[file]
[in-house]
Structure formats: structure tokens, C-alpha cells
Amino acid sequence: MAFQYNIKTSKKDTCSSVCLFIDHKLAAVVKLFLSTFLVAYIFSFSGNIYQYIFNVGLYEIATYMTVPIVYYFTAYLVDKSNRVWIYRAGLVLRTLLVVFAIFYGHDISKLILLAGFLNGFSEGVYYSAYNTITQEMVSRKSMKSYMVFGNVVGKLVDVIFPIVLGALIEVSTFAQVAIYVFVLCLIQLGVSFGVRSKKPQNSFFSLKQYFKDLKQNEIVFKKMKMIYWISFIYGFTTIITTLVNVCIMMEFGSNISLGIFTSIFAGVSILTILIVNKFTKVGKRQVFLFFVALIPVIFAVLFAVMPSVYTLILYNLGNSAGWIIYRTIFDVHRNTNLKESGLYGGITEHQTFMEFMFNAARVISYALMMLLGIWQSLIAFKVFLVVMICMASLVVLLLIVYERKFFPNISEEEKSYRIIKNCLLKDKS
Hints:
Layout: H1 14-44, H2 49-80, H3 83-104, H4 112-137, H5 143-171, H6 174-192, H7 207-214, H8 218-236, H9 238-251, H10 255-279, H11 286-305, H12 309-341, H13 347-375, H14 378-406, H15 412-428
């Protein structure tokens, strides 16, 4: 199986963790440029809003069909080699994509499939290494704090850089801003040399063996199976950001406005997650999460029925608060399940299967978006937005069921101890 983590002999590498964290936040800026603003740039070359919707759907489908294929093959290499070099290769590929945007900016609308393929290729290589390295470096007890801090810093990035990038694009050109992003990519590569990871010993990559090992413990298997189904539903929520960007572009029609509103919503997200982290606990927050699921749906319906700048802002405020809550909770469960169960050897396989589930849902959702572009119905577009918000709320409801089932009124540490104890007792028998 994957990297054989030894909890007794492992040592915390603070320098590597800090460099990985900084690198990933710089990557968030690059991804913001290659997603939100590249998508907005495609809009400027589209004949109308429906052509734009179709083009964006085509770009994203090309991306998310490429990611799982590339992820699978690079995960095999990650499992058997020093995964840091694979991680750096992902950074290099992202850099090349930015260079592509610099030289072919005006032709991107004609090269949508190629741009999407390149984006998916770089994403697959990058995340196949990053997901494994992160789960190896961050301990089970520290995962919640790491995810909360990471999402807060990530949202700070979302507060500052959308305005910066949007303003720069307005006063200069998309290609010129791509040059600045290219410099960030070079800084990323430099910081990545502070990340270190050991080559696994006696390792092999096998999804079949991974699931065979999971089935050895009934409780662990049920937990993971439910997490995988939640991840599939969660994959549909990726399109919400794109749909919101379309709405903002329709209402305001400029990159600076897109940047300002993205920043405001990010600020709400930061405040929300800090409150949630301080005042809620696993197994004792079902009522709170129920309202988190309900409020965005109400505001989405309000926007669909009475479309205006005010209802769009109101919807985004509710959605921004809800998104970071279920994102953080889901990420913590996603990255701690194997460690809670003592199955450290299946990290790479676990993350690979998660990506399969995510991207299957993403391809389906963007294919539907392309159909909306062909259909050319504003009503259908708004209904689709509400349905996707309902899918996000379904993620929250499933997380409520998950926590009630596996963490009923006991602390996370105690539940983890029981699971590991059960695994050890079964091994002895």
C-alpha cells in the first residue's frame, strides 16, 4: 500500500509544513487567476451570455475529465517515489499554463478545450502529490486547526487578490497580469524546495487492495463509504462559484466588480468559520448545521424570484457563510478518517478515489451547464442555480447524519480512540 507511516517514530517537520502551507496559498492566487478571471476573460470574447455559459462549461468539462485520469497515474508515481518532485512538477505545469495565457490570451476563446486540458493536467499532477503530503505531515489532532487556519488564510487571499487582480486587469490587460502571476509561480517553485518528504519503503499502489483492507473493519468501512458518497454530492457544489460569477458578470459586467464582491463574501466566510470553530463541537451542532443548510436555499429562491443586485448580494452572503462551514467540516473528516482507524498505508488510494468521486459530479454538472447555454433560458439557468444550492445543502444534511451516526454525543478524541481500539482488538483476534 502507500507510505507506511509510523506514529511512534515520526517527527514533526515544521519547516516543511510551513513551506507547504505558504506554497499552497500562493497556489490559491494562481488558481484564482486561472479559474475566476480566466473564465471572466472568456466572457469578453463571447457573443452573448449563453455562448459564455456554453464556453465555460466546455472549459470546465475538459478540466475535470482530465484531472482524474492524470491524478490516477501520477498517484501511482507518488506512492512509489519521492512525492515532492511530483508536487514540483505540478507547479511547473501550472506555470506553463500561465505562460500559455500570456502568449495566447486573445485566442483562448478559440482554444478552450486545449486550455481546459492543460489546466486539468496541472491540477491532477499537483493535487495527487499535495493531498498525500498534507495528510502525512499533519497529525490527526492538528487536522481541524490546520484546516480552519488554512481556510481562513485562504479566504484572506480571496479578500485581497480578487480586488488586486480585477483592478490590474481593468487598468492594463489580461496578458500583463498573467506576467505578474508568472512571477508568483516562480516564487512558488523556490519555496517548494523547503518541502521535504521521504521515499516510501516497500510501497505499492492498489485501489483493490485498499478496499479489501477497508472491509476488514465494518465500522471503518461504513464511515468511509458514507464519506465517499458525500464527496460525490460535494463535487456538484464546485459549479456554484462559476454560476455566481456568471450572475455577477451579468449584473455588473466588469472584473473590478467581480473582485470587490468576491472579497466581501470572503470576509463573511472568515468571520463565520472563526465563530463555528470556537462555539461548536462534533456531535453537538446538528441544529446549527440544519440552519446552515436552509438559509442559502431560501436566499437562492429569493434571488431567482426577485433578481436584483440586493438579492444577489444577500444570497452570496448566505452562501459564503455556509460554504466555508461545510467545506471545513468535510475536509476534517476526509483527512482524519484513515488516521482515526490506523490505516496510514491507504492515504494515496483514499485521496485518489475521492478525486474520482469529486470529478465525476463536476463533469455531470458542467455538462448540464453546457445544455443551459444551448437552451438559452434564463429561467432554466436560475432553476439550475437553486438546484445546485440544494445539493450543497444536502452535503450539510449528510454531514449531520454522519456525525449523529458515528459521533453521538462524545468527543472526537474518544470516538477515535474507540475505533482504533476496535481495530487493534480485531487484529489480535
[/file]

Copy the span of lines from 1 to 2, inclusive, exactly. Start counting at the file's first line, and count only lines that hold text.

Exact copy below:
[in-house]
Structure formats: structure tokens, C-alpha cells